The question of how Polynesian people came to live in the Pacific has remained unanswered for many centuries. For a long time the belief that Polynesian people may have originated from the Americas have lingered although research now shows that the origins of Polynesia people actually lie in Southeast Asia.
Recent published studies have shown that there is evidence of Native American ancestry in a number of Polynesian populations, suggesting that people did travel from the Americas to the Pacific at one time or another and that they might have mixed with Polynesian people.
Other research has found that there was Native American DNA in the genomes of modern Rapa Nui people but it has been argued that this likely happened in recent history when colonists from Chile reached the island. There have however been signs that contact occurred before then, possibly contact occurred once around 1200 AD or 1082 AD which predates the agreed dates of the settlement of Rap Nui. Researchers have suggested that it’s possible that when Polynesian people settled on the islands they might have come across a small group of already settled Native American people. This theory is further solidified by the presence of the sweet potato kumara which is found in the Americas and Eastern Polynesia. Remains of the sweet potato have been found to be up to 1,000 years old and suggest a link between Polynesians and the Americas.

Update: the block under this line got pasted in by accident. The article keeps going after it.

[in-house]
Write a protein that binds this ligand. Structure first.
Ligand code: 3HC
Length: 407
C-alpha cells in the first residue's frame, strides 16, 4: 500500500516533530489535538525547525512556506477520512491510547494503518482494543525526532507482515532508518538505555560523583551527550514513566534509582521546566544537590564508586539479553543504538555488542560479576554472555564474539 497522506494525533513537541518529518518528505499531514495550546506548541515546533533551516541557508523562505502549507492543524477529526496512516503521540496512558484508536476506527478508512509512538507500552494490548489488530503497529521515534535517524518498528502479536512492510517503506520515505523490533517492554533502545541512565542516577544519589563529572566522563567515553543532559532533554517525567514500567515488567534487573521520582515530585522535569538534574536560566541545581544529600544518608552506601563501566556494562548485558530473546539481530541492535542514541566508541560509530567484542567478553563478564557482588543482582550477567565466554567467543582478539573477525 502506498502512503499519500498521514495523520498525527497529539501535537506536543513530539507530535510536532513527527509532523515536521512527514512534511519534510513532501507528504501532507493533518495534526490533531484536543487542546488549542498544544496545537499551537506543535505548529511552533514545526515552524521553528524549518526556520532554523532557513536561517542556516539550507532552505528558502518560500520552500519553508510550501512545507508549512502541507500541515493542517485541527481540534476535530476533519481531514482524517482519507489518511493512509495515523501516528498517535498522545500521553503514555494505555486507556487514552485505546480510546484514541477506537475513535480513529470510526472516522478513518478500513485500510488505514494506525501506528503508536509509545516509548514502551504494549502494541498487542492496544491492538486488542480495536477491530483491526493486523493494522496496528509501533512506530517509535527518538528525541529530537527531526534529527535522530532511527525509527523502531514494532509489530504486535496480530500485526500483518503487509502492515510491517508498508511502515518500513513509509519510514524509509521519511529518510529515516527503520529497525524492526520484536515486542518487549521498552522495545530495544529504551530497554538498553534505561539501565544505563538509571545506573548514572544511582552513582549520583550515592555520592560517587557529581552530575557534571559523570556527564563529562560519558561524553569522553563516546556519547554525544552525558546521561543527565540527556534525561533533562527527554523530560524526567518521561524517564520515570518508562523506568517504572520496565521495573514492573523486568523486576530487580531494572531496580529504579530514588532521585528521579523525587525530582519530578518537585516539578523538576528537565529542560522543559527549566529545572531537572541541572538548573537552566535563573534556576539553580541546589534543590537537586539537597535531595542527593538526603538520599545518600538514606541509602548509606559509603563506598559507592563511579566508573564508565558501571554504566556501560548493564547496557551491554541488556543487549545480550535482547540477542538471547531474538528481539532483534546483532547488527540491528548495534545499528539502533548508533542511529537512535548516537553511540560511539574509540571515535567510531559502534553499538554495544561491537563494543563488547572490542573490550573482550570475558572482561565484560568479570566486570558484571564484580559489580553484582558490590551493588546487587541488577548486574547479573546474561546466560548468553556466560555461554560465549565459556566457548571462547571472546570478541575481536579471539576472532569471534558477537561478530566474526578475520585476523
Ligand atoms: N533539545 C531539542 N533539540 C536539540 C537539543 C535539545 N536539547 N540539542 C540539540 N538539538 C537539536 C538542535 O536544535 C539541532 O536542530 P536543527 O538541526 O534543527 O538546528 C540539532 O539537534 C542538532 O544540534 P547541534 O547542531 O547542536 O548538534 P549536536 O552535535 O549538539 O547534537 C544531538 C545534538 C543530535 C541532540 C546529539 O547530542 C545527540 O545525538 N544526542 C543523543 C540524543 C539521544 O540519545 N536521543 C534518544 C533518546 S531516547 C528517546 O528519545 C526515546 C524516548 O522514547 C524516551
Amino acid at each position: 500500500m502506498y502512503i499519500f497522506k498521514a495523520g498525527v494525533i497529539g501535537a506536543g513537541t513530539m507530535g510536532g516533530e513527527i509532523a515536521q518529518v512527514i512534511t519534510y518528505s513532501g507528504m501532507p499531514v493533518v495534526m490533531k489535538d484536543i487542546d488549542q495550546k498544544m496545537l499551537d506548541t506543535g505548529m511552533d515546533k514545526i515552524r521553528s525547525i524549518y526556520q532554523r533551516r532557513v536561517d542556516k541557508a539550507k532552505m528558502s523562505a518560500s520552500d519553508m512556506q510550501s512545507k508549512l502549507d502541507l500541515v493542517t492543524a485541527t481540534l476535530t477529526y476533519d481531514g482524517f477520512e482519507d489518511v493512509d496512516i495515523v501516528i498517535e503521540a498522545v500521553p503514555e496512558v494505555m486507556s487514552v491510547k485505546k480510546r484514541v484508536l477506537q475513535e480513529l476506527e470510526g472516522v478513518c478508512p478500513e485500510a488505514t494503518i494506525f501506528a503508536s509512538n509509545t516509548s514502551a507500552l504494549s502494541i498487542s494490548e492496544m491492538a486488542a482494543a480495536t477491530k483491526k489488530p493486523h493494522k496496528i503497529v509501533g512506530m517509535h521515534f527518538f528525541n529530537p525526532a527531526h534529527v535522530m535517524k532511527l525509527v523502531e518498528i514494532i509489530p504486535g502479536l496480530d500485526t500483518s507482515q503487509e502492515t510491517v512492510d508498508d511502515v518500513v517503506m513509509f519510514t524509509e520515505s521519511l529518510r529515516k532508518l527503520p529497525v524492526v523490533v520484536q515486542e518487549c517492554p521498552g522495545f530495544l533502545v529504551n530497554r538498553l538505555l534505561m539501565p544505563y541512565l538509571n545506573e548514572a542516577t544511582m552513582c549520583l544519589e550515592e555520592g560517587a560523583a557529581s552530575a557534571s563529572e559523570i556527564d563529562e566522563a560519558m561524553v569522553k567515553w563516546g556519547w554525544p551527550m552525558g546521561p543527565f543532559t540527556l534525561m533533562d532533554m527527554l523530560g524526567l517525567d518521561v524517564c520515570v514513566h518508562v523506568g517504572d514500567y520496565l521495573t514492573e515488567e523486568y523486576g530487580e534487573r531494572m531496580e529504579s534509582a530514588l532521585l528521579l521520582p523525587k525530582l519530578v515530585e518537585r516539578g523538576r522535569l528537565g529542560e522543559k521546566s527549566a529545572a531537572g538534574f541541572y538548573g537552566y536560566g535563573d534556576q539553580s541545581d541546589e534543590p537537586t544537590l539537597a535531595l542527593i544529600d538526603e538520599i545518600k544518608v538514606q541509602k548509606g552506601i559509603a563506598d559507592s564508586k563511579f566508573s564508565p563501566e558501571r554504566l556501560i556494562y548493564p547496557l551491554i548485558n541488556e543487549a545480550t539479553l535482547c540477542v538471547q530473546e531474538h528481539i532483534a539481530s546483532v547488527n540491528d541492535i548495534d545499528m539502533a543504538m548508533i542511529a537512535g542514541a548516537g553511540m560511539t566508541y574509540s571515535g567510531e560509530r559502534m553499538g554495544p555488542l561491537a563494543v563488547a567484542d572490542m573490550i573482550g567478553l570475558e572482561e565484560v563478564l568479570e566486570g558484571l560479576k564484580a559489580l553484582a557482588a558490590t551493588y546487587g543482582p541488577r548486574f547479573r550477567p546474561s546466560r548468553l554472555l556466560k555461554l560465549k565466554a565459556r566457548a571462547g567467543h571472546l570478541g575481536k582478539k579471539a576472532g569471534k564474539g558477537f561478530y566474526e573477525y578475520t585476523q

Whilst there is some evidence to suggest that contact between Polynesians and the Americas might have taken place it is difficult to say for sure. It’s also difficult to assess how contact might have taken place based on the information available, did people from the Americas explore the open ocean or did contact occur in some other form?